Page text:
To determine candidate genes associated with the marbling score within QTL intervals, we obtained genomic positions of the “marbling score” trait using “QTL location by bp” information from the Animal QTL database ( Most of QTLs are identified in the different regions in a chromosome. There are rare regions of overlap. Therefore, we select the genes associated with marbling score from Animal QTL database with QTL IDs that have marker information in term of “marbling score” within Animal Trait Ontology (ATO) category. In the GEO database (, all data from microarray experiments related to bovines were used: GEO series (GSE) 15544, GSE 15342, GSE 13725, GSE 6918, GSE 10695, GSE 12327, GSE 9256, GSE 12688, GSE 11495, GSE 11312, GSE 7360, and GSE 9344. Table S1 (see Table S1 in Supplementary Material available online at shows the summary of microarray data sets [1120]. All arrays were processed to determine the robust multiarray average (RMA) [21] using the “affy” software package [22]. Expression values were computed in detail from raw CEL files by applying the RMA model of probe-specific correction for perfect-match probes. These corrected probe values were then subjected to quantile normalization, and a median polish was applied to compute one expression measure from all probe values. Figure shows the distribution before and after normalization. Resulting RMA expression values were log2-transformed. We determined mean intensity for an expression intensity of each gene matching to at least two probes. Finally, we used 844 probes among 1,260 redundant probes associated with marbling for network construction.

2.2. Gene Coexpression Network Construction and Network Module Identification

In coexpression networks, we refer to nodes as genes whose degrees indicate the number of links connected by the node. We extracted expression values for 844 genes and evaluated pairwise correlations between the gene expression profiles of each pair of genes using Pearson’s correlation coefficients (denoted as ). The unweighted network encoded gene coexpression as binary information (connected = 1, unconnected = 0) using a “hard” threshold. In contrast, the weighted network represented “soft” thresholding that weighed each connection as a continuous number . The power adjacency function was used to construct a weighted network as the connection strength between two genes. We investigated soft thresholding with the power adjacency function and selected a power of beta . A major aim of coexpression network analysis is to determine subsets of nodes (modules) that are tightly connected to each other. To organize genes into modules, we used a module identification method based on a topological overlap dissimilarity measure [23] in conjunction with a clustering method, which detected biologically meaningful modules. The topological overlap of two nodes refers to their relative interconnectedness. The topological overlap matrix (TOM) provides a similarity measure, which has proven useful in biological networks [24], where and is the node connectivity as follows:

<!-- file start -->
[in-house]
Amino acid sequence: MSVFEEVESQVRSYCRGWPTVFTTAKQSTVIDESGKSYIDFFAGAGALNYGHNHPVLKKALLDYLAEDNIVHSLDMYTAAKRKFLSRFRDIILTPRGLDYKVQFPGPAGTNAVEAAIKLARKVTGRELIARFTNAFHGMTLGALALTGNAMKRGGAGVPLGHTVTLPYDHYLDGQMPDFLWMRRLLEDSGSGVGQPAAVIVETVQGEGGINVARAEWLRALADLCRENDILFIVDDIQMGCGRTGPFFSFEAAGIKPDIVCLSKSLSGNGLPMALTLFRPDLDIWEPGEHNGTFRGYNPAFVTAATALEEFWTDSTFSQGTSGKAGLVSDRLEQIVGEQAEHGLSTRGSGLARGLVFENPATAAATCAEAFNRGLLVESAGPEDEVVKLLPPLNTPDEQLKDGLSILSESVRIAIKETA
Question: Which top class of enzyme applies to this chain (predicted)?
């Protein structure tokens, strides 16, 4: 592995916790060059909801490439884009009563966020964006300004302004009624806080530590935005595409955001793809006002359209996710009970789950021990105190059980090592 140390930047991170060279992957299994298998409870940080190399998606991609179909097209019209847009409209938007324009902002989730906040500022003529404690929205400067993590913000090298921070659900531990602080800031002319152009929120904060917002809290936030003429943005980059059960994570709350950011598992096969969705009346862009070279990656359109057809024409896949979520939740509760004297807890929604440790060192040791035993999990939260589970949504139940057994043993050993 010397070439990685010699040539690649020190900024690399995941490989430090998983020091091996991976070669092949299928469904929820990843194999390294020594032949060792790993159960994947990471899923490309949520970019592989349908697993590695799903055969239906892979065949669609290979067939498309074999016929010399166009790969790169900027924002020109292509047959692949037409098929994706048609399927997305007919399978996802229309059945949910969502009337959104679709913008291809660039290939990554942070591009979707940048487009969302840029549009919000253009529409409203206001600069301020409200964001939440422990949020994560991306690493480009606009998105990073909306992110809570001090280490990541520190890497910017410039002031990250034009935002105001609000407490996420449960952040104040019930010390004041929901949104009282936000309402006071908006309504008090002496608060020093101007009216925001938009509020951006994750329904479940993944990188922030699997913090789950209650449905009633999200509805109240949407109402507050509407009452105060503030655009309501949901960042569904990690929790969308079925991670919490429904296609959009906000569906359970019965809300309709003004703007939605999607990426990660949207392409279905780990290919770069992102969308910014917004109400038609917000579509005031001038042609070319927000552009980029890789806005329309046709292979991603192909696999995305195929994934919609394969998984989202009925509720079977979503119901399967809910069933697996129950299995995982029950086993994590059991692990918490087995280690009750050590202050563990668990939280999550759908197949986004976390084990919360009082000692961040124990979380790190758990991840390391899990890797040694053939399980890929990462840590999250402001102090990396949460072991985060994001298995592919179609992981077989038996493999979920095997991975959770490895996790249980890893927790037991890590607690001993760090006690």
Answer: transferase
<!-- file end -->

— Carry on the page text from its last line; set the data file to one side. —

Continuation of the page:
In the case of our network, equals the number of nodes to which both and are connected. To identify modules, we used TOM-based dissimilarity in a hierarchical cluster analysis. Each module represents a group of genes with similar expression profiles across the samples and the expression profile pattern is distinct from those of other modules. The weighted gene coexpression analysis (WGCNA) software packages for R were used to identify coexpression values associated with marbling score [25].

To characterize the overall network topology, we used node degree (or connectivity), betweenness centrality (BC) [1]. The degree of a node is the number of connections or edges the node has with other nodes. The degree distribution of a network has a generalized power-law form , which is the defining property of a scale-free network [26]. The genes of highly connected nodes to nodes with few connections (hubs) play an important role as a local property in a network [27]. A node with high BC has great influence over what flows in the network; BC may play a major role as a global property since it is a useful indicator for detecting bottlenecks in a network. For node , BC is the fraction of the number of shortest paths that pass through each node [28] and is defined as where is the number of the shortest geodesic paths from node to node and is the number of geodesic paths among from node to node that pass through node . We calculated BC as global properties according to all nodes in a network. From the results of the network topology analysis, we selected high-degree nodes and high-centrality nodes as key drivers that are most associated with our trait of interest in the network.

2.3. Functional Enrichment Analysis

We performed functional enrichment analysis against the 844 genes that were associated with marbling score enrichment in the Gene Ontology and KEGG pathway terms using the database for Annotation, Visualization, and Integrated Discovery (DAVID) tool ( Each module was also analyzed separately, regardless of whether the gene module was significantly enriched with known ontology or pathway terms. The software calculates a Fisher’s exact test -value and provides a corrected -value to avoid multiple test issues.